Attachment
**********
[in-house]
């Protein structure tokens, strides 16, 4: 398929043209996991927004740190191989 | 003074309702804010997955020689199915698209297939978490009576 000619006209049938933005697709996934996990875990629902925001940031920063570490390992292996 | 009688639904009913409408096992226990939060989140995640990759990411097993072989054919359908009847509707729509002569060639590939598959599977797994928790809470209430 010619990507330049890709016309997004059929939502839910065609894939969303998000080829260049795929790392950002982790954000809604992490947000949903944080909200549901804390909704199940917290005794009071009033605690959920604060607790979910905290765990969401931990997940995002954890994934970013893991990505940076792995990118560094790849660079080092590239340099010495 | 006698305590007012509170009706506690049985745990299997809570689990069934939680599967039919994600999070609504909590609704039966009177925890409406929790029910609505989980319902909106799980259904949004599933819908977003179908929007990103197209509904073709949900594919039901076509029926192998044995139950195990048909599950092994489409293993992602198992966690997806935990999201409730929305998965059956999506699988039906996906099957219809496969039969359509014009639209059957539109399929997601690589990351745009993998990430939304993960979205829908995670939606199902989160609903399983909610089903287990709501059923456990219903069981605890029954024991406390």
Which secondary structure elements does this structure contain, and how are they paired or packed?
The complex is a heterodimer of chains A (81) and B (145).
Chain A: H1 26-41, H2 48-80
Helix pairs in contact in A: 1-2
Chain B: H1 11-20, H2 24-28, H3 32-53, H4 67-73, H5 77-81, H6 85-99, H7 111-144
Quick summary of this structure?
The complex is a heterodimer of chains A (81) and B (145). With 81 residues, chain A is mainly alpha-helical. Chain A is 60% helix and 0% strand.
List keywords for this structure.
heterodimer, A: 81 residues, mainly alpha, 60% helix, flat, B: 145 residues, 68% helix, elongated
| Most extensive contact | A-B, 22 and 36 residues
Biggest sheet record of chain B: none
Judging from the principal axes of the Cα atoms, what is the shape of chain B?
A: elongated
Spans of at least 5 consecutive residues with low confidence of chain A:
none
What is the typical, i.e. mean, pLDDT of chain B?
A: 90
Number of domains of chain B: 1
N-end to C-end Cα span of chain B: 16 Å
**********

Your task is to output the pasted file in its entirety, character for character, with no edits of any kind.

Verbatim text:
[in-house]
């Protein structure tokens, strides 16, 4: 398929043209996991927004740190191989 | 003074309702804010997955020689199915698209297939978490009576 000619006209049938933005697709996934996990875990629902925001940031920063570490390992292996 | 009688639904009913409408096992226990939060989140995640990759990411097993072989054919359908009847509707729509002569060639590939598959599977797994928790809470209430 010619990507330049890709016309997004059929939502839910065609894939969303998000080829260049795929790392950002982790954000809604992490947000949903944080909200549901804390909704199940917290005794009071009033605690959920604060607790979910905290765990969401931990997940995002954890994934970013893991990505940076792995990118560094790849660079080092590239340099010495 | 006698305590007012509170009706506690049985745990299997809570689990069934939680599967039919994600999070609504909590609704039966009177925890409406929790029910609505989980319902909106799980259904949004599933819908977003179908929007990103197209509904073709949900594919039901076509029926192998044995139950195990048909599950092994489409293993992602198992966690997806935990999201409730929305998965059956999506699988039906996906099957219809496969039969359509014009639209059957539109399929997601690589990351745009993998990430939304993960979205829908995670939606199902989160609903399983909610089903287990709501059923456990219903069981605890029954024991406390």
Which secondary structure elements does this structure contain, and how are they paired or packed?
The complex is a heterodimer of chains A (81) and B (145).
Chain A: H1 26-41, H2 48-80
Helix pairs in contact in A: 1-2
Chain B: H1 11-20, H2 24-28, H3 32-53, H4 67-73, H5 77-81, H6 85-99, H7 111-144
Quick summary of this structure?
The complex is a heterodimer of chains A (81) and B (145). With 81 residues, chain A is mainly alpha-helical. Chain A is 60% helix and 0% strand.
List keywords for this structure.
heterodimer, A: 81 residues, mainly alpha, 60% helix, flat, B: 145 residues, 68% helix, elongated
| Most extensive contact | A-B, 22 and 36 residues
Biggest sheet record of chain B: none
Judging from the principal axes of the Cα atoms, what is the shape of chain B?
A: elongated
Spans of at least 5 consecutive residues with low confidence of chain A:
none
What is the typical, i.e. mean, pLDDT of chain B?
A: 90
Number of domains of chain B: 1
N-end to C-end Cα span of chain B: 16 Å